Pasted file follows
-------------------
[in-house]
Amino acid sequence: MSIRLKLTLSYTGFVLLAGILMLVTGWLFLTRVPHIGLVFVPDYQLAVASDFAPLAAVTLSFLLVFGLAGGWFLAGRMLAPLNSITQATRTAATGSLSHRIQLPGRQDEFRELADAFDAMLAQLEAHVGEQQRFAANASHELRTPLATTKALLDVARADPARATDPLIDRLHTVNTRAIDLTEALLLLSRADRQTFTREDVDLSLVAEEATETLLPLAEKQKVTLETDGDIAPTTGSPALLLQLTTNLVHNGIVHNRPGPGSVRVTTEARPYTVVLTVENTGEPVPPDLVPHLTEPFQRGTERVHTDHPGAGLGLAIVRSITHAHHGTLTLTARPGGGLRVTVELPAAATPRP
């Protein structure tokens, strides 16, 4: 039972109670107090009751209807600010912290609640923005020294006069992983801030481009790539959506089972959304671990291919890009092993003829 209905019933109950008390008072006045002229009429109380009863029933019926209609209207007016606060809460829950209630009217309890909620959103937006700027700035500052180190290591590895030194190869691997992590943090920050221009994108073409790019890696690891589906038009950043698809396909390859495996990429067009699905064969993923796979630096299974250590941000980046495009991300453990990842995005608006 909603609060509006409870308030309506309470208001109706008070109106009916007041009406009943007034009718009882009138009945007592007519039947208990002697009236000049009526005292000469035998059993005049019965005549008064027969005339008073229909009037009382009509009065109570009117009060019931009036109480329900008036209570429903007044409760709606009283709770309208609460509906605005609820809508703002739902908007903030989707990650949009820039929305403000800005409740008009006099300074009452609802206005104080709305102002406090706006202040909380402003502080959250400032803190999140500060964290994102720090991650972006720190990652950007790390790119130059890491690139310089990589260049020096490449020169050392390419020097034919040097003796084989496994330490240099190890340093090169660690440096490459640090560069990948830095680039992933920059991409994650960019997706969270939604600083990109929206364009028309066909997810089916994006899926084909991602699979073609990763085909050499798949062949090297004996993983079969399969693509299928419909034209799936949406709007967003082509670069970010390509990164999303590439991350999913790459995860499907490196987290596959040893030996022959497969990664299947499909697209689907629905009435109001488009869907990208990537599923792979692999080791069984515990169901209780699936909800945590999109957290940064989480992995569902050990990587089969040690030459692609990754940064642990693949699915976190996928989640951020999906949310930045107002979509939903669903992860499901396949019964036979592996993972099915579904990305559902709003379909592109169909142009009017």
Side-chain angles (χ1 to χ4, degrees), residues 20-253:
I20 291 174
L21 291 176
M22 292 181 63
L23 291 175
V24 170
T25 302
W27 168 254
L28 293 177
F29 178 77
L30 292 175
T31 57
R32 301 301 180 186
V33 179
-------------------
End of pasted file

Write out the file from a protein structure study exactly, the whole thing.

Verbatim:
[in-house]
Amino acid sequence: MSIRLKLTLSYTGFVLLAGILMLVTGWLFLTRVPHIGLVFVPDYQLAVASDFAPLAAVTLSFLLVFGLAGGWFLAGRMLAPLNSITQATRTAATGSLSHRIQLPGRQDEFRELADAFDAMLAQLEAHVGEQQRFAANASHELRTPLATTKALLDVARADPARATDPLIDRLHTVNTRAIDLTEALLLLSRADRQTFTREDVDLSLVAEEATETLLPLAEKQKVTLETDGDIAPTTGSPALLLQLTTNLVHNGIVHNRPGPGSVRVTTEARPYTVVLTVENTGEPVPPDLVPHLTEPFQRGTERVHTDHPGAGLGLAIVRSITHAHHGTLTLTARPGGGLRVTVELPAAATPRP
């Protein structure tokens, strides 16, 4: 039972109670107090009751209807600010912290609640923005020294006069992983801030481009790539959506089972959304671990291919890009092993003829 209905019933109950008390008072006045002229009429109380009863029933019926209609209207007016606060809460829950209630009217309890909620959103937006700027700035500052180190290591590895030194190869691997992590943090920050221009994108073409790019890696690891589906038009950043698809396909390859495996990429067009699905064969993923796979630096299974250590941000980046495009991300453990990842995005608006 909603609060509006409870308030309506309470208001109706008070109106009916007041009406009943007034009718009882009138009945007592007519039947208990002697009236000049009526005292000469035998059993005049019965005549008064027969005339008073229909009037009382009509009065109570009117009060019931009036109480329900008036209570429903007044409760709606009283709770309208609460509906605005609820809508703002739902908007903030989707990650949009820039929305403000800005409740008009006099300074009452609802206005104080709305102002406090706006202040909380402003502080959250400032803190999140500060964290994102720090991650972006720190990652950007790390790119130059890491690139310089990589260049020096490449020169050392390419020097034919040097003796084989496994330490240099190890340093090169660690440096490459640090560069990948830095680039992933920059991409994650960019997706969270939604600083990109929206364009028309066909997810089916994006899926084909991602699979073609990763085909050499798949062949090297004996993983079969399969693509299928419909034209799936949406709007967003082509670069970010390509990164999303590439991350999913790459995860499907490196987290596959040893030996022959497969990664299947499909697209689907629905009435109001488009869907990208990537599923792979692999080791069984515990169901209780699936909800945590999109957290940064989480992995569902050990990587089969040690030459692609990754940064642990693949699915976190996928989640951020999906949310930045107002979509939903669903992860499901396949019964036979592996993972099915579904990305559902709003379909592109169909142009009017």
Side-chain angles (χ1 to χ4, degrees), residues 20-253:
I20 291 174
L21 291 176
M22 292 181 63
L23 291 175
V24 170
T25 302
W27 168 254
L28 293 177
F29 178 77
L30 292 175
T31 57
R32 301 301 180 186
V33 179